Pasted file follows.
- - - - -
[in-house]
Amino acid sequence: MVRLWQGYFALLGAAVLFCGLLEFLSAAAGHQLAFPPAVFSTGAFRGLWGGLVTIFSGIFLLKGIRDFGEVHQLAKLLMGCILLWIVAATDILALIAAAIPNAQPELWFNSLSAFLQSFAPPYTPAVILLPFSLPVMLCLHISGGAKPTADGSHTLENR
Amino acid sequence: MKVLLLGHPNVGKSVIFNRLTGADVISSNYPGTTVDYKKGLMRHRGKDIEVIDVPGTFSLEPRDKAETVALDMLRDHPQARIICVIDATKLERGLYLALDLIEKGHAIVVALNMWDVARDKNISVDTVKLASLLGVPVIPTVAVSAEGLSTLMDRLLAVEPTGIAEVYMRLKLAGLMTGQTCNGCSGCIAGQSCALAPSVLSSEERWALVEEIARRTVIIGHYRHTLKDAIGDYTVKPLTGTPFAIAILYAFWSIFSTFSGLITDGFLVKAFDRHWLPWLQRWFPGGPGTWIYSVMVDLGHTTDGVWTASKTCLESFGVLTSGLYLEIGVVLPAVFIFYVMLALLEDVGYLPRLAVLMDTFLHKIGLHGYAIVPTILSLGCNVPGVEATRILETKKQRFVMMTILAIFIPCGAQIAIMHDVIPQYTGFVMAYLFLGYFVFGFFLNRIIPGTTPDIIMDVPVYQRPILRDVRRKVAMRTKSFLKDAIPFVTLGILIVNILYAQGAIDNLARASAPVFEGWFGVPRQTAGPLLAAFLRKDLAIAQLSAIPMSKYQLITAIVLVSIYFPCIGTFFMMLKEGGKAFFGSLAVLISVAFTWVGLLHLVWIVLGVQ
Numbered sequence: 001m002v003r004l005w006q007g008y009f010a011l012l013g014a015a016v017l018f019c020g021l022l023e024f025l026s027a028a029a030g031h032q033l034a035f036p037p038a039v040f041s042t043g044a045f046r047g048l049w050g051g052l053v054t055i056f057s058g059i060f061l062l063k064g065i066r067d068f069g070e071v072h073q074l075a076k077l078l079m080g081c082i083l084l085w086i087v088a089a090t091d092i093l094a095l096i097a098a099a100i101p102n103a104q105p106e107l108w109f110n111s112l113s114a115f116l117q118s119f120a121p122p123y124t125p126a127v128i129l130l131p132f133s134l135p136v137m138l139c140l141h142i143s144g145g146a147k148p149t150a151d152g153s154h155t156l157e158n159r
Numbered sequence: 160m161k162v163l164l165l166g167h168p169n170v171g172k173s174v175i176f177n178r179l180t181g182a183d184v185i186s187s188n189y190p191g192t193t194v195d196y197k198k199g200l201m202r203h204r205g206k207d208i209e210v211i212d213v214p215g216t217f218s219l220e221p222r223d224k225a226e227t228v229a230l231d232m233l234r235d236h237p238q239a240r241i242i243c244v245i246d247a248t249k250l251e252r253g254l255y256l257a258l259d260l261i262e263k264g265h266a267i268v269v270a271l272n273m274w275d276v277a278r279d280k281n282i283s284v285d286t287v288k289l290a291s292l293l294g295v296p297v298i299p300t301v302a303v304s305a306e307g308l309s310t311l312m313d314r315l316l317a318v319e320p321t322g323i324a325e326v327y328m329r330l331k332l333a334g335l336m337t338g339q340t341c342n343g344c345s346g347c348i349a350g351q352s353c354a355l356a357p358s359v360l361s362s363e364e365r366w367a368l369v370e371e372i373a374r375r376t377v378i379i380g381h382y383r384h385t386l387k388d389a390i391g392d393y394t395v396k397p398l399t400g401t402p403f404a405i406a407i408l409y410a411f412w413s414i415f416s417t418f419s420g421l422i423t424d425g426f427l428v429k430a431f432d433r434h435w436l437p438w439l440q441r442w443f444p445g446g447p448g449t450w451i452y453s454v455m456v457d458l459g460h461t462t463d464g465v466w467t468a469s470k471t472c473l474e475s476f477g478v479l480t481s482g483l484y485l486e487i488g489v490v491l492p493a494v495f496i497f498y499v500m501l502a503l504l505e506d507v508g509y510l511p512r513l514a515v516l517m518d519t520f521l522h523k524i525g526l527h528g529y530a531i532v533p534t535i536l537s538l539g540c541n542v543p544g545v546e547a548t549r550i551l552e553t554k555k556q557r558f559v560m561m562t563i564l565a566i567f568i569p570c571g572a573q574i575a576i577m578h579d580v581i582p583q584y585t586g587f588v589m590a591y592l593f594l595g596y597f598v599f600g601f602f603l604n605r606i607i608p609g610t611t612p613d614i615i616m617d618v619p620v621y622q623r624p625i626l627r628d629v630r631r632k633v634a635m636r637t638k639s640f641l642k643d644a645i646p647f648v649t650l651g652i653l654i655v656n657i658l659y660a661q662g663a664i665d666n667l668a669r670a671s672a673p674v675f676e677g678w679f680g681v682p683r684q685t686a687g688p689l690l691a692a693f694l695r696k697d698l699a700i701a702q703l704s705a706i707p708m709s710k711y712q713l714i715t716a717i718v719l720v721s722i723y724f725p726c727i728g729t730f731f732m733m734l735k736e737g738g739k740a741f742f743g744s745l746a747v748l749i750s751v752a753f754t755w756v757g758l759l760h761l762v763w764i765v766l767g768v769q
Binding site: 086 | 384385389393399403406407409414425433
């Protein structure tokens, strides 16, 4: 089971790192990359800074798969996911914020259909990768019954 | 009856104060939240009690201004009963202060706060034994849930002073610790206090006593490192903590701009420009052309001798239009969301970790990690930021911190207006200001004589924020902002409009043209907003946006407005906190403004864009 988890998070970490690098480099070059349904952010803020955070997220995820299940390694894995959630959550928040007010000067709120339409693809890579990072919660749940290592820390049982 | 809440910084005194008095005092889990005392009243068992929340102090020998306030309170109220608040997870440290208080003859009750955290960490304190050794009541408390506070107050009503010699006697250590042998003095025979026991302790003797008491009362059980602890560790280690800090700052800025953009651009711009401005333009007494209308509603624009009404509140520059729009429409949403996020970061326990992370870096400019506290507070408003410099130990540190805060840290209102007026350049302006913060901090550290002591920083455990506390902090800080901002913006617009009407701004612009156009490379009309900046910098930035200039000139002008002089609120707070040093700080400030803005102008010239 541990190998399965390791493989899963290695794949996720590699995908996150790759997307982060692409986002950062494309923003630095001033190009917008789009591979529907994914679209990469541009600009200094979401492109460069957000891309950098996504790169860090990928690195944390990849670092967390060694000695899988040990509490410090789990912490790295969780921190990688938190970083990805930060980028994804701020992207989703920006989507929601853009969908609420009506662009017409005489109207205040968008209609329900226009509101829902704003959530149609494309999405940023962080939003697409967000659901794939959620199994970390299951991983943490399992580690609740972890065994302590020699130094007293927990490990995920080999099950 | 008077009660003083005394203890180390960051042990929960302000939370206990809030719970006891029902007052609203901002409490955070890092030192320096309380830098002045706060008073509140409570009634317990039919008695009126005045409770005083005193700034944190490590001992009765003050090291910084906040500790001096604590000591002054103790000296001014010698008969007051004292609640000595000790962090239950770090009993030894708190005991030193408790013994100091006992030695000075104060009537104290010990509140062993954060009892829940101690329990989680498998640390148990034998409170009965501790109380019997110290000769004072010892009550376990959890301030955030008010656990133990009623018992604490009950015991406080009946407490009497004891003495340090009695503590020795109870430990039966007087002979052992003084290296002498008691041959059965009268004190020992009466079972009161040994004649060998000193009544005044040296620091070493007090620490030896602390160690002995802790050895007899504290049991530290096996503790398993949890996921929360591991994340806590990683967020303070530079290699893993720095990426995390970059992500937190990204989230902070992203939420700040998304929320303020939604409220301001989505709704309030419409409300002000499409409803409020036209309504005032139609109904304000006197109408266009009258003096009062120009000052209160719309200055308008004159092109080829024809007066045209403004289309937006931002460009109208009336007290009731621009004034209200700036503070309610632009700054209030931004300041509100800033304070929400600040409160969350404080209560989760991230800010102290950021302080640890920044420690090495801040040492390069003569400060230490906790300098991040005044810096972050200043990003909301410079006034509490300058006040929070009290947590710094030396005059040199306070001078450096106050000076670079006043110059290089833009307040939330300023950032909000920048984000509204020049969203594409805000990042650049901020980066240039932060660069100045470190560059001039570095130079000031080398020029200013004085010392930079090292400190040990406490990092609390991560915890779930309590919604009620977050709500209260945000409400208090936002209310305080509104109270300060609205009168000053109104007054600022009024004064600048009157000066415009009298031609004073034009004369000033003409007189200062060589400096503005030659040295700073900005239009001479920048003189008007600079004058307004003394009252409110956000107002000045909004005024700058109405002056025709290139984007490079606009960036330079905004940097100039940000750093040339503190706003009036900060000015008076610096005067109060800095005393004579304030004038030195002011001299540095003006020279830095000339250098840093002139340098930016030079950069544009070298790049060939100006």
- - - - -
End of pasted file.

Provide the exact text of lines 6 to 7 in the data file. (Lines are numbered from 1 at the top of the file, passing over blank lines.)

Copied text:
Binding site: 086 | 384385389393399403406407409414425433
């Protein structure tokens, strides 16, 4: 089971790192990359800074798969996911914020259909990768019954 | 009856104060939240009690201004009963202060706060034994849930002073610790206090006593490192903590701009420009052309001798239009969301970790990690930021911190207006200001004589924020902002409009043209907003946006407005906190403004864009 988890998070970490690098480099070059349904952010803020955070997220995820299940390694894995959630959550928040007010000067709120339409693809890579990072919660749940290592820390049982 | 809440910084005194008095005092889990005392009243068992929340102090020998306030309170109220608040997870440290208080003859009750955290960490304190050794009541408390506070107050009503010699006697250590042998003095025979026991302790003797008491009362059980602890560790280690800090700052800025953009651009711009401005333009007494209308509603624009009404509140520059729009429409949403996020970061326990992370870096400019506290507070408003410099130990540190805060840290209102007026350049302006913060901090550290002591920083455990506390902090800080901002913006617009009407701004612009156009490379009309900046910098930035200039000139002008002089609120707070040093700080400030803005102008010239 541990190998399965390791493989899963290695794949996720590699995908996150790759997307982060692409986002950062494309923003630095001033190009917008789009591979529907994914679209990469541009600009200094979401492109460069957000891309950098996504790169860090990928690195944390990849670092967390060694000695899988040990509490410090789990912490790295969780921190990688938190970083990805930060980028994804701020992207989703920006989507929601853009969908609420009506662009017409005489109207205040968008209609329900226009509101829902704003959530149609494309999405940023962080939003697409967000659901794939959620199994970390299951991983943490399992580690609740972890065994302590020699130094007293927990490990995920080999099950 | 008077009660003083005394203890180390960051042990929960302000939370206990809030719970006891029902007052609203901002409490955070890092030192320096309380830098002045706060008073509140409570009634317990039919008695009126005045409770005083005193700034944190490590001992009765003050090291910084906040500790001096604590000591002054103790000296001014010698008969007051004292609640000595000790962090239950770090009993030894708190005991030193408790013994100091006992030695000075104060009537104290010990509140062993954060009892829940101690329990989680498998640390148990034998409170009965501790109380019997110290000769004072010892009550376990959890301030955030008010656990133990009623018992604490009950015991406080009946407490009497004891003495340090009695503590020795109870430990039966007087002979052992003084290296002498008691041959059965009268004190020992009466079972009161040994004649060998000193009544005044040296620091070493007090620490030896602390160690002995802790050895007899504290049991530290096996503790398993949890996921929360591991994340806590990683967020303070530079290699893993720095990426995390970059992500937190990204989230902070992203939420700040998304929320303020939604409220301001989505709704309030419409409300002000499409409803409020036209309504005032139609109904304000006197109408266009009258003096009062120009000052209160719309200055308008004159092109080829024809007066045209403004289309937006931002460009109208009336007290009731621009004034209200700036503070309610632009700054209030931004300041509100800033304070929400600040409160969350404080209560989760991230800010102290950021302080640890920044420690090495801040040492390069003569400060230490906790300098991040005044810096972050200043990003909301410079006034509490300058006040929070009290947590710094030396005059040199306070001078450096106050000076670079006043110059290089833009307040939330300023950032909000920048984000509204020049969203594409805000990042650049901020980066240039932060660069100045470190560059001039570095130079000031080398020029200013004085010392930079090292400190040990406490990092609390991560915890779930309590919604009620977050709500209260945000409400208090936002209310305080509104109270300060609205009168000053109104007054600022009024004064600048009157000066415009009298031609004073034009004369000033003409007189200062060589400096503005030659040295700073900005239009001479920048003189008007600079004058307004003394009252409110956000107002000045909004005024700058109405002056025709290139984007490079606009960036330079905004940097100039940000750093040339503190706003009036900060000015008076610096005067109060800095005393004579304030004038030195002011001299540095003006020279830095000339250098840093002139340098930016030079950069544009070298790049060939100006």